Andrew prayed that his foolishness wouldn’t make matters worse for Thomas, but his friend had spoken fondly of the mother he feared he might never see again, and the niece he’d read about in her letters, but never met. After losing the last member of his own family, it seemed tragic to Andrew that Thomas should remain cut off from those he loved because of an argument six years in the past. Surely there was a possibility of reconciliation.
If worse comes to worse, Andrew told himself, I’ll support the bastard. For as long as he’ll let me.
The sun was beginning to set when the carriage rounded a small hill. And suddenly there it was—Barrington Hall, lit orange by the setting sun against a darkening sky, with the glass of hundreds of windows reflecting red-gold fire. Andrew’s breath caught at the sight of it. He’d never imagined it being this spectacular. The hall was enormous, rivaling any of the buildings Andrew had seen in London, and surrounded by immaculately manicured lawn—though that was withered and brown at this time of year—and evergreen hedges. A vast forest lay beyond that, and some distance to the south, Andrew could see the small village named for the hall.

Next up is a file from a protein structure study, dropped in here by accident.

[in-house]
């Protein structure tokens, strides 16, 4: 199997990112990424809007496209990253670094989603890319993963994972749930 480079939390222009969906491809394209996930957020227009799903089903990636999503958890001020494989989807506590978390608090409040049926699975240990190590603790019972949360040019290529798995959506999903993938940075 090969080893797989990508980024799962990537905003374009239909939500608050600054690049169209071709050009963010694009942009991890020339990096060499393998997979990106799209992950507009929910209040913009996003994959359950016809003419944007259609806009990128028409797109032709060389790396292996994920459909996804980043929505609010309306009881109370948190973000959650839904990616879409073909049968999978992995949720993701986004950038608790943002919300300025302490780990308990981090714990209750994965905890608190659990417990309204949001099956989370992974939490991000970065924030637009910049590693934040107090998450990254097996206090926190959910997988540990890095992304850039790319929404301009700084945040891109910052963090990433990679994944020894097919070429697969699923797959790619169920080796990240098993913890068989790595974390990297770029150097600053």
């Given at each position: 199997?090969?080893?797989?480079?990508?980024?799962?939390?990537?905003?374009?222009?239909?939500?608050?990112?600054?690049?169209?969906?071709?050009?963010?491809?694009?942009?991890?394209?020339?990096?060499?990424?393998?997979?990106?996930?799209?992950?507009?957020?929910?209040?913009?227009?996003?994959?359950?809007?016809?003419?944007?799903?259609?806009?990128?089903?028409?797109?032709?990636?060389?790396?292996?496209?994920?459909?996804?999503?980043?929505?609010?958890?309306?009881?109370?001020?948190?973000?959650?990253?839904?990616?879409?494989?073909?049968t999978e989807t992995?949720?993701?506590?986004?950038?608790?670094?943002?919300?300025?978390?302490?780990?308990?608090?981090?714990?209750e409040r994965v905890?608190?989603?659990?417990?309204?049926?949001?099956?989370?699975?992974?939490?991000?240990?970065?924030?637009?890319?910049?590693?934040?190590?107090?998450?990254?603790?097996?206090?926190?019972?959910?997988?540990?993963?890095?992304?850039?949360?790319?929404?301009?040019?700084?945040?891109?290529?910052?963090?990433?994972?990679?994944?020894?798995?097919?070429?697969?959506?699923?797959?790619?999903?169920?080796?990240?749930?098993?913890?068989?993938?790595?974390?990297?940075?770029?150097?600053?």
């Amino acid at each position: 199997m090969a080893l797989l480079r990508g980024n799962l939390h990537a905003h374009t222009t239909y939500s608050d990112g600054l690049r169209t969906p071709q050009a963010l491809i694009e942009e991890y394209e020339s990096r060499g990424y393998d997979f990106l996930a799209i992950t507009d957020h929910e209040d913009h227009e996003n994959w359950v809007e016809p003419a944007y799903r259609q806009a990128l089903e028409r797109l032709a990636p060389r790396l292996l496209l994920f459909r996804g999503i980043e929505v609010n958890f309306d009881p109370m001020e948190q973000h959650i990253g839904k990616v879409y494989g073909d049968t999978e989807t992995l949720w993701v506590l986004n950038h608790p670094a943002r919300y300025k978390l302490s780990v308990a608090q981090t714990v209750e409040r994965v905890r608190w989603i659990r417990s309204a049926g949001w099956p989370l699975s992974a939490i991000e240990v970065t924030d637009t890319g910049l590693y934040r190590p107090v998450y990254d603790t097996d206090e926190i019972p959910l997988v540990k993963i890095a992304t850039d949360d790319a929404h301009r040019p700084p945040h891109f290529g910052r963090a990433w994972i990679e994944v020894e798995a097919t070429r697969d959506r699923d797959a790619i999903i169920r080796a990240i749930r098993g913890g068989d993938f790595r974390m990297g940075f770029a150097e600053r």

As the carriage drove up to the wrought-iron gate, and the coachman conversed with the gatekeeper, Andrew roused his friend.
“Welcome home, Lord Barrington,” he said cheerfully.
Thomas rubbed the sleep out of his eyes and peered bleary-eyed through the carriage window. “Let’s hope Mother doesn’t allow Father to keep his hunting rifles in the house.”